James Turrell's Sky Spaces
‘Although the paths are enclosed by high walls the effect is to draw the eye upwards to the sky overhead - that familiar expanse of blue newly framed by Turrell’s beautiful, curved structures’
Last year whilst on holiday in California, Rachael visited James Turrell’s Sky Space in the de Young Museum’s Osher Sculpture Garden in San Francisco. She reflects on the experience below:
James Turrell’s San Franciscan sky space is situated in the modest gardens of the de Young Museum, tucked away down a gently sloping concrete path shaded by bamboo trees.
Turrell leads you down and as you reach the bottom of the slope and enter the sky space, the path splits into two circular walkways that maze-like, lead away from one another, forcing you to choose a direction. The cold grey of the exterior is replaced by a warm dusky pink that soaks up the sunlight and throws out shadows over the pathways. Although the paths are enclosed by high walls the effect is to draw the eye upwards to the sky overhead.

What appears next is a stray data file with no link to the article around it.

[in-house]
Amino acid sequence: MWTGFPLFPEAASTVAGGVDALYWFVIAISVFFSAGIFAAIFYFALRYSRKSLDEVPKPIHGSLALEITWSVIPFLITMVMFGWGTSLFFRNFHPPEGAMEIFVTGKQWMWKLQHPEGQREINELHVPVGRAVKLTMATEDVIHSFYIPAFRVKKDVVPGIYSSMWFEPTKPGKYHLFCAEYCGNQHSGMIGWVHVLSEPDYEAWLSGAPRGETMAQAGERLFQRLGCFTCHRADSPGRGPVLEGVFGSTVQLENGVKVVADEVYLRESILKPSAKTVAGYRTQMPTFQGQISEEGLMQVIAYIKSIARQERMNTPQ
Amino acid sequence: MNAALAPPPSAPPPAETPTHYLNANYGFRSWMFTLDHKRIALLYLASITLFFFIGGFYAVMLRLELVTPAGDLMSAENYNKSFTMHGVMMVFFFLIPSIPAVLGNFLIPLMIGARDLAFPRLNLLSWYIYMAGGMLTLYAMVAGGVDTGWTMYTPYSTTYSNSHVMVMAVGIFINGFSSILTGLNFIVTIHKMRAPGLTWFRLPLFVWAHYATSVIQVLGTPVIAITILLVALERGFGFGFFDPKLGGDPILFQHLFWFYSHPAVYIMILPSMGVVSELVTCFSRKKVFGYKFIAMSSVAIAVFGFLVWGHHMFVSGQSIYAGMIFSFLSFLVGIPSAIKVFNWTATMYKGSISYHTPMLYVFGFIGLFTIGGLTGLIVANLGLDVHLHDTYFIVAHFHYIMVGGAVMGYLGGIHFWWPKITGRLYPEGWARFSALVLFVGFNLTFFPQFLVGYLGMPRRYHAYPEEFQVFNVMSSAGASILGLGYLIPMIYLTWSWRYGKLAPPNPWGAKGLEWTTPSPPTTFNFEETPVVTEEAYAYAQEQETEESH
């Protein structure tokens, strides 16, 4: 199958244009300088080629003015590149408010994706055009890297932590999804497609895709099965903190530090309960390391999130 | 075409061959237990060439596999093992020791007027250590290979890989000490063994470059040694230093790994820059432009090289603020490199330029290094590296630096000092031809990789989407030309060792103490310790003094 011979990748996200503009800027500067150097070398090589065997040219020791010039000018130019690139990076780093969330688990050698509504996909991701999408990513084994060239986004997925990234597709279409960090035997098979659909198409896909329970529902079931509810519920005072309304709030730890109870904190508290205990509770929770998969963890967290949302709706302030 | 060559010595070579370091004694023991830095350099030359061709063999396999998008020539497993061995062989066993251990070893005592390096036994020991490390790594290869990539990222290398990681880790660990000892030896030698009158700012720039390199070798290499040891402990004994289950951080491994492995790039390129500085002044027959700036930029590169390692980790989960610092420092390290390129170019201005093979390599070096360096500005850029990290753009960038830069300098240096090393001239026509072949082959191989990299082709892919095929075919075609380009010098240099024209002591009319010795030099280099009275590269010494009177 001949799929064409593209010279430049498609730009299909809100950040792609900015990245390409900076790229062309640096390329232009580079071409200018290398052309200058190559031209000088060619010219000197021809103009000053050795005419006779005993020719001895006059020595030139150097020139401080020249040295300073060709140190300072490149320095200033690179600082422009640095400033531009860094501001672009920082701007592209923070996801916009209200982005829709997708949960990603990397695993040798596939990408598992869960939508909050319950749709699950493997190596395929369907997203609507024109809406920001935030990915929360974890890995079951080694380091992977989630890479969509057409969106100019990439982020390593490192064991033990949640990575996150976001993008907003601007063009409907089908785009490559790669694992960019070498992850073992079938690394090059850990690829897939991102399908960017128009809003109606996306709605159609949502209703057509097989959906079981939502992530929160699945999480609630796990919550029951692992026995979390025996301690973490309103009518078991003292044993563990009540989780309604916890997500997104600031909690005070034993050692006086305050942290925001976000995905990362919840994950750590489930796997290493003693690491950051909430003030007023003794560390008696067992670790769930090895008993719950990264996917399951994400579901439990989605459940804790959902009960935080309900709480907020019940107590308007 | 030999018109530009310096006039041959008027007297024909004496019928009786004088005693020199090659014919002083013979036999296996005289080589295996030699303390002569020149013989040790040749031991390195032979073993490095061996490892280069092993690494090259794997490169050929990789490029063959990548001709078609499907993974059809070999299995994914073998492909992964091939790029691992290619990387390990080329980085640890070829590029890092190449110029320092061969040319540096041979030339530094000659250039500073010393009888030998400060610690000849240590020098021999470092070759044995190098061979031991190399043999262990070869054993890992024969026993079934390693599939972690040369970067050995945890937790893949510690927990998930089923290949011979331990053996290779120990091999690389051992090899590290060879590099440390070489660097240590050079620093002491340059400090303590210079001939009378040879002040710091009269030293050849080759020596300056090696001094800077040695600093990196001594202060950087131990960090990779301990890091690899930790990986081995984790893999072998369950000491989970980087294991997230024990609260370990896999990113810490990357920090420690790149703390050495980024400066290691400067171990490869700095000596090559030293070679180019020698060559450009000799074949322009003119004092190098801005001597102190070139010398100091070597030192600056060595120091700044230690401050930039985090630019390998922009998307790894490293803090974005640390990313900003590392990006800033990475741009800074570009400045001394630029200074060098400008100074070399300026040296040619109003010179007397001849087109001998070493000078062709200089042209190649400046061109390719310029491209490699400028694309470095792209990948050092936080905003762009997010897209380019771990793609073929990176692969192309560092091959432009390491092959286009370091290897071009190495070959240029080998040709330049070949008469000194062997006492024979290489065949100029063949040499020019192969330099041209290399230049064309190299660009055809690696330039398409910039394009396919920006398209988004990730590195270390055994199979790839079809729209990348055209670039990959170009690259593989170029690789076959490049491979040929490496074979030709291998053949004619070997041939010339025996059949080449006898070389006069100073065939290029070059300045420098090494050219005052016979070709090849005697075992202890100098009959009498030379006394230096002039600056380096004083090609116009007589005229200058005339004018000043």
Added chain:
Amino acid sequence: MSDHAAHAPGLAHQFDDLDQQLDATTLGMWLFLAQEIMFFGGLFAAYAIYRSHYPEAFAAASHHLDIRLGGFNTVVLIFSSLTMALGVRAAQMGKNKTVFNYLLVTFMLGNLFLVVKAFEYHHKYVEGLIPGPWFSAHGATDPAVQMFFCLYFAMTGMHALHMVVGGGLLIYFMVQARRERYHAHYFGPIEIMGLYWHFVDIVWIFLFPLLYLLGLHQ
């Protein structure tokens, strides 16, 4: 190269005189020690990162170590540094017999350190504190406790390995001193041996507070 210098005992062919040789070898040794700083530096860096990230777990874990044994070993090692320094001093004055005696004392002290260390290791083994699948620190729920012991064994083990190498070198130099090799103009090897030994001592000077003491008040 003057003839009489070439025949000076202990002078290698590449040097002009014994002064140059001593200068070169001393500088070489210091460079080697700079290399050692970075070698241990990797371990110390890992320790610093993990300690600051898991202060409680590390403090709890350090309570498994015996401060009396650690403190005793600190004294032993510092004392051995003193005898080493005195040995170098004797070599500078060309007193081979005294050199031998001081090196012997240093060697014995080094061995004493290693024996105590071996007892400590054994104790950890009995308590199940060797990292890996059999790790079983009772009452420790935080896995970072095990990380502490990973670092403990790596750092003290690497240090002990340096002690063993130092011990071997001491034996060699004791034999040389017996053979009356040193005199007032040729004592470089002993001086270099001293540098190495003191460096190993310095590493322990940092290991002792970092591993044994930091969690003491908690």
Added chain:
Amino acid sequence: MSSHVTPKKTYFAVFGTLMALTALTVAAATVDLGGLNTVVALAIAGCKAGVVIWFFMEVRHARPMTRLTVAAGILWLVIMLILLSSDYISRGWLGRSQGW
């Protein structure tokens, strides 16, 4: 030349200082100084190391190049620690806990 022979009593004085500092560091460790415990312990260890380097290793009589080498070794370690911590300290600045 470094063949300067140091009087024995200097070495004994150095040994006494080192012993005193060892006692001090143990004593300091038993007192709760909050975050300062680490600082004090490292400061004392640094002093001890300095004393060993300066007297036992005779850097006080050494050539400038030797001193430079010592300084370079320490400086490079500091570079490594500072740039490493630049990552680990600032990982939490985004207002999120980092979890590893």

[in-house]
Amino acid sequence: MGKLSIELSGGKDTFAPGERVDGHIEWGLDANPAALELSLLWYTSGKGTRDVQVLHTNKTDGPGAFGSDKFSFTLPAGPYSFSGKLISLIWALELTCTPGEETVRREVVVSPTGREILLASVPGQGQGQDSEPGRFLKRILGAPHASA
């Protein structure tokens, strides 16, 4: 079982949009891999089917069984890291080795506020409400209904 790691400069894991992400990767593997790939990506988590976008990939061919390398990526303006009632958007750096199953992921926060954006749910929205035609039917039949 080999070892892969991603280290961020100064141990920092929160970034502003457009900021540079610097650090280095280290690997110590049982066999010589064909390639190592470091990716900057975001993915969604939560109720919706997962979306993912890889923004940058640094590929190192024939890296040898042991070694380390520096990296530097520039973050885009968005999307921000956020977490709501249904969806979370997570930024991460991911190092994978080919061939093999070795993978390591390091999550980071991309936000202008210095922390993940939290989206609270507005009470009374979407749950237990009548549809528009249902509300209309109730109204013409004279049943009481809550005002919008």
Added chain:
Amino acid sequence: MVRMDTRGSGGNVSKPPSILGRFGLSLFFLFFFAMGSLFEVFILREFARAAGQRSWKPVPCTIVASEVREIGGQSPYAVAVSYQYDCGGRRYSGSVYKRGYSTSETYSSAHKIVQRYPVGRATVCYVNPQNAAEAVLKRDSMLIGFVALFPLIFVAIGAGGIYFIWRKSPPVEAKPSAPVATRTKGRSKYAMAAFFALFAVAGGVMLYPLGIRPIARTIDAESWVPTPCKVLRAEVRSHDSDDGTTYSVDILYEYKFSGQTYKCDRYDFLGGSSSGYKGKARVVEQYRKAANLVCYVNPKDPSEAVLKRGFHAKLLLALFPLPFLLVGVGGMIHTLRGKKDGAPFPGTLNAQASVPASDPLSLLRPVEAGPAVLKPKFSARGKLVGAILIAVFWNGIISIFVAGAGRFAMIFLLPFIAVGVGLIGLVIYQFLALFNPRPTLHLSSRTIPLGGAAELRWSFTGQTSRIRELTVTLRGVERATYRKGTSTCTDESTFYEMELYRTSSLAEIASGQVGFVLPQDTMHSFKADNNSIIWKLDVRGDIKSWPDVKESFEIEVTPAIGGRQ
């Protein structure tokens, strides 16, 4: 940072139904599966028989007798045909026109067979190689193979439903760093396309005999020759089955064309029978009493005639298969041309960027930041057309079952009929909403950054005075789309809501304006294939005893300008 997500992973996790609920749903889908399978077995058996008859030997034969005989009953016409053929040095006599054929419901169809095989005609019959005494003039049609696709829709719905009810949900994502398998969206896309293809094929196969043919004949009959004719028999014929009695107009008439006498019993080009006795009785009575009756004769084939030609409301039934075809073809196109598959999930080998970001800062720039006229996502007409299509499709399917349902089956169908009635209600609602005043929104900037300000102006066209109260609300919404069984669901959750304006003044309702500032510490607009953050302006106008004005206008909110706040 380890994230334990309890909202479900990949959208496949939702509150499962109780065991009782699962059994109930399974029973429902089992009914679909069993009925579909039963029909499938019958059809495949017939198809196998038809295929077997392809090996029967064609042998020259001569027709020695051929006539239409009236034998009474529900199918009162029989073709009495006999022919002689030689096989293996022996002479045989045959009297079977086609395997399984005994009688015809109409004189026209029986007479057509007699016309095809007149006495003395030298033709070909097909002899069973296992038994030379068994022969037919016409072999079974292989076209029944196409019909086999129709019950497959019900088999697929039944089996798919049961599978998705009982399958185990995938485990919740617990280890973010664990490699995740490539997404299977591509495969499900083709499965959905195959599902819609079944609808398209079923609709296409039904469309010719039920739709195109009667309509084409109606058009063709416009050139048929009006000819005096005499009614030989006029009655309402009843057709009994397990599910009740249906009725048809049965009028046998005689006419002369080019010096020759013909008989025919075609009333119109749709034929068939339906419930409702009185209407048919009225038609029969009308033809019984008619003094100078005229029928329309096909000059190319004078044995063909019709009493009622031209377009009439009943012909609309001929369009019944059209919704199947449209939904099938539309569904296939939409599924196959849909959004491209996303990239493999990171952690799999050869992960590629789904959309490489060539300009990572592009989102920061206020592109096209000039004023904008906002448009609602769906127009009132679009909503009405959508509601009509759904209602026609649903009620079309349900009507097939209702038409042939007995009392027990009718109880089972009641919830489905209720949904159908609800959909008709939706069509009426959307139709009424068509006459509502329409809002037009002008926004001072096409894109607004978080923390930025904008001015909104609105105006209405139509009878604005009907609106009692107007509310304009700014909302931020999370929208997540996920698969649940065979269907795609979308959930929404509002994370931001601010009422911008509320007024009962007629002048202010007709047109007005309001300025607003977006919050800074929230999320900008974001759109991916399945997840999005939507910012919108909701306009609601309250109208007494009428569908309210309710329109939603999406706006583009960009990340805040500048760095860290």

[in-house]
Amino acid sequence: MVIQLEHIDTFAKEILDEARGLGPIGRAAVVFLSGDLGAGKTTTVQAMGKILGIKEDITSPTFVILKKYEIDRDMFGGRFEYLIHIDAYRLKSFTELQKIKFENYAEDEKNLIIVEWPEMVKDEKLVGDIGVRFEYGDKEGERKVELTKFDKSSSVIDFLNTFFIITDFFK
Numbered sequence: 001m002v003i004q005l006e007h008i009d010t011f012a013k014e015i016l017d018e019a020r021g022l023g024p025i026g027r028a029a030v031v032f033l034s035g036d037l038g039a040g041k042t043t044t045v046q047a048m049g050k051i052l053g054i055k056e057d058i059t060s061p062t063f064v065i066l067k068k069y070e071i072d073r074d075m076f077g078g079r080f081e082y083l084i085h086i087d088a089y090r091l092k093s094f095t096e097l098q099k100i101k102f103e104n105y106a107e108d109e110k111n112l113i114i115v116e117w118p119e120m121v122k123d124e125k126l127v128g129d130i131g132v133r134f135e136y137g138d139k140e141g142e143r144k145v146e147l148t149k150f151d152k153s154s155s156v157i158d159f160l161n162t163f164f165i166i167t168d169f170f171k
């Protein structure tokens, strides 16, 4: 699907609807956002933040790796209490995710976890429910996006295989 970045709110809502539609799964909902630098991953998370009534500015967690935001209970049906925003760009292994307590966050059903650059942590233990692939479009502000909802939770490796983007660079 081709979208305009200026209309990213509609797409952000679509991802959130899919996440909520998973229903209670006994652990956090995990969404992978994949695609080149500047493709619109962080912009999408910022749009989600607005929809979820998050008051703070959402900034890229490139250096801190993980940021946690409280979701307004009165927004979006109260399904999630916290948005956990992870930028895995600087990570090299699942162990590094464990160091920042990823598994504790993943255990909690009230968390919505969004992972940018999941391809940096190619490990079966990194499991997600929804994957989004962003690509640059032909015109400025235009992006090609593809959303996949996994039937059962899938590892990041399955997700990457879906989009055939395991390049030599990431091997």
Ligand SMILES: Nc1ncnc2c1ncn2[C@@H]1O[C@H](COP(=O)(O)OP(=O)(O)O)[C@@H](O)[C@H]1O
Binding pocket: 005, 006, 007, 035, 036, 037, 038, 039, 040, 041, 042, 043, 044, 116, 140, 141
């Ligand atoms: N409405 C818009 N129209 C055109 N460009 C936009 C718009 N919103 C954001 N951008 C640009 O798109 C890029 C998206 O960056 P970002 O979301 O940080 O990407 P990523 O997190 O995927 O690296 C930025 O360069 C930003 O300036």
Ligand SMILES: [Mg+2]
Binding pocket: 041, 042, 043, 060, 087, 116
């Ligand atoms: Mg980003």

The paths re-connect on the opposite side of this circular space, in-front of the entrance to Turrell’s inner concrete nucleus – an entirely round room with a high domed white ceiling in which sits an oval aperture open to the sky.
Turrel considers the sky his studio, material and canvas. Through the manipulation of light, he is asking you to re-look at that expanse of blue, newly framed by Turrell’s beautiful, curved structures. To re-consider the familiar in an unfamiliar space. To reflect on the power of perspective and the presence of space.
There are now over 80 sky spaces across the world, including ones in Cornwall, Norfolk and Yorkshire in England. You can see the full list here and hopefully plan a visit soon.